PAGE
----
Corner Café

June 28, 2008

Apple Pie

Filed under: Pies, Tarts & other Pastries — SeaDragon @ 5:11 pm
Tags: , ,
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Makes one 23cm pie

225g (1 1/2 cups) plain flour
30g (1/4 cup) cornflour
30g (1/4 cup) vanilla custard powder
2 teaspoons baking powder
1 tablespoon caster sugar
70g lard, cubed
70g butter, cubed
1 egg yolk
60ml water, adjust as necessary

1 egg white
extra caster sugar

1 kg (about 7) Granny Smith apples, peeled, cored & quartered
40g butter
150g white granulated sugar *, or to taste
1/2 teaspoon ground cinnamon
1/4 teaspoon grated nutmeg
60ml water
20g (2 tablespoons) arrowroot starch (or cornstarch)
10g (1 tablespoon) vanilla custard powder

* If you are using sweet-tasting apples instead of tart apples like Granny Smith, reduce the amount of sugar.
1. Cut each quarter of the apples into 4 chunks. Dissolve arrowroot and custard powder in water.
2. Melt butter in a wok over low heat, then add the apple chunks. Sprinkle the sugar, cinnamon and nutmeg over the apple and cook over high heat, stirring frequently, for about 10 minutes, or until a fork can easily pierce through the apple but still retain their shape and not mushy.
3. Lower heat to medium. Stir the starch mixture again then pour over the apple, stirring quickly to coat evenly. Continue to cook briefly until the starch thickens. Remove to a bowl to cool. If you are making the filling the day before, cover and chill in the refrigerator until ready to be used.

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1. Sift plain flour, cornflour, custard powder, baking powder and sugar into a big mixing bowl and mix together.
2. Add lard and butter. Rub into the flour mixture using your fingertips until the mixture resemble breadcrumbs.
3. Add egg yolk and about 50ml water into the flour mixture. Cut through the mixture with a bread knife to combine. Once the mixture starts to cling together, use your hand to press together into a dough. Try not to knead too much if you can. If the mixture is still crumbly and does not form into a dough, add a little bit more water to bind. Shape the dough into a ball then flatten. Wrap the dough with cling film and chill in the refrigerator for 30 minutes.
4. Remove dough from the refrigerator and let it become pliable again before rolling out. Preheat oven to 200°C.
5. Remove 2/3 of the pastry dough and roll out to about 4mm thick, or large enough to fit a 23cm loose-bottom pie or tart tin. Flour rolling pin and drape pastry around the pin. Lift over the pie tin, allowing pastry to extend equally over the sides. Let pastry slip off the rolling pin and settle into the tin.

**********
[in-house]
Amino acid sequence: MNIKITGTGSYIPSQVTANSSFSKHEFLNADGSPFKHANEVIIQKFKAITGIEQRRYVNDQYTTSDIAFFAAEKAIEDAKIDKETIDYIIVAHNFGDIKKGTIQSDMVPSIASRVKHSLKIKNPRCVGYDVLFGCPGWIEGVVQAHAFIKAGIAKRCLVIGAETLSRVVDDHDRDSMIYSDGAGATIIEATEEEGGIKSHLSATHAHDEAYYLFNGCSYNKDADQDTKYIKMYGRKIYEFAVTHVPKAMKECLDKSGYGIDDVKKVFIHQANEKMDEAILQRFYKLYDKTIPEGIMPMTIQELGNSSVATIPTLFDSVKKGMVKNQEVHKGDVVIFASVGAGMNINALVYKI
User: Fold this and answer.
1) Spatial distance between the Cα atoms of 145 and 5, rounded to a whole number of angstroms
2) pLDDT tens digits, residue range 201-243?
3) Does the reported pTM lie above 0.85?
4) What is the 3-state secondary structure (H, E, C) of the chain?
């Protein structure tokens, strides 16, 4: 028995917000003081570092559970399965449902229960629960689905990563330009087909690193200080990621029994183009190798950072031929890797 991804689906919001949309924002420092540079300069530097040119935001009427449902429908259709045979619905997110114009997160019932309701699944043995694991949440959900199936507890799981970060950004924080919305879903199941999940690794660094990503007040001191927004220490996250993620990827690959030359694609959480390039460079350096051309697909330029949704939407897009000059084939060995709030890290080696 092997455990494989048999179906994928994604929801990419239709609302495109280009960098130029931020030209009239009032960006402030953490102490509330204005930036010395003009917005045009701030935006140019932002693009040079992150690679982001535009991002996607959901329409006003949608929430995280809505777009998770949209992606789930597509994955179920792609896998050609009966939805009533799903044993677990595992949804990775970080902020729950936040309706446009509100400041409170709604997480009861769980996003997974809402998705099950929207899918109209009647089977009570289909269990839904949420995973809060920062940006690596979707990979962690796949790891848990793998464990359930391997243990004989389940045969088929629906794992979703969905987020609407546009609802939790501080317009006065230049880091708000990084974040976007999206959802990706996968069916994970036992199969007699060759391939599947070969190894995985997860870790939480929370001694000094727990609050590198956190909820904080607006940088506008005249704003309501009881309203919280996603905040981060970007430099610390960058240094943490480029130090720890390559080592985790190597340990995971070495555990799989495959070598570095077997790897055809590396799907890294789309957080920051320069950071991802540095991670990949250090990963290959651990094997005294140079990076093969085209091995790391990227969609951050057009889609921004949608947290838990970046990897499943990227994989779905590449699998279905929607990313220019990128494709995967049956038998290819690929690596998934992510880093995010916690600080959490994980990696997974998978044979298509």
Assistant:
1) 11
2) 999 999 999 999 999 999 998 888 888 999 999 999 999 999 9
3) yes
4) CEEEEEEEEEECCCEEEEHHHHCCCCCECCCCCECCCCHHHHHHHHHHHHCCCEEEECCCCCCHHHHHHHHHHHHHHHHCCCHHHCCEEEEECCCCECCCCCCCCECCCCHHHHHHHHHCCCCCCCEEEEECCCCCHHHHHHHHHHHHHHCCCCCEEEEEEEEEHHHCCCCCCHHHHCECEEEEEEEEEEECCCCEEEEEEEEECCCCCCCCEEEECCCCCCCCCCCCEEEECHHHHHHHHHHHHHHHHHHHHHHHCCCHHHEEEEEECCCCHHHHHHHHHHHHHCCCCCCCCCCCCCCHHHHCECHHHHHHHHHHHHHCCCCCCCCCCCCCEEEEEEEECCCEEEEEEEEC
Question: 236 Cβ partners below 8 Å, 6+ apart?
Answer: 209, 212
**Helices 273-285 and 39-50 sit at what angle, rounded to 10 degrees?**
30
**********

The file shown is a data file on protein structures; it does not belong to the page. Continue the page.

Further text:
6. With floured hands, gently press pastry on to the base and into the bottom corners of the tin. Ease the pastry into the sides with your index finger. In hot weather, cover and chill this lined pastry for another 20 to 30 minutes before continuing.
7. Spoon cold apple filling into the pastry lined tin.

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8. Roll out the remaining 1/3 pastry dough to about 4mm thick, or large enough to cover the top of the pie tin. Flour rolling pin and drape pastry around the pin. Lift over the pie tin, allowing pastry to extend equally over the sides. Let pastry slip off the rolling pin and settle on top of the apple filling.
9. Use a fork to press along the edges of the pastry to seal the bottom pastry and the top pastry. Trim off excess pastry around the edges. Cut a cross in the middle as vent to allow steam to escape during baking.

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10. Roll out the excess pastry to make decoration for the top of the pie if desired.

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11. Lightly beat the egg white and use it to egg wash the surface of the pastry. Sprinkle caster sugar evenly over the top.
12. Bake for about 40 minutes, or until the pastry is golden brown. Serve hot with ice cream if desired.

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Texture: Crispy shortcrust with sweet and tart custardy filling
Consume: Best served hot
Storage: Unfinished pie may be cover with cling wrap and chill in the refrigerator, heat up in the oven for 15-20 minutes at 180°C before serving
Recipe Reference: ‘Apple Pie’ recipe from The Australian Women’s Weekly cookbook ‘Best Ever Recipes’

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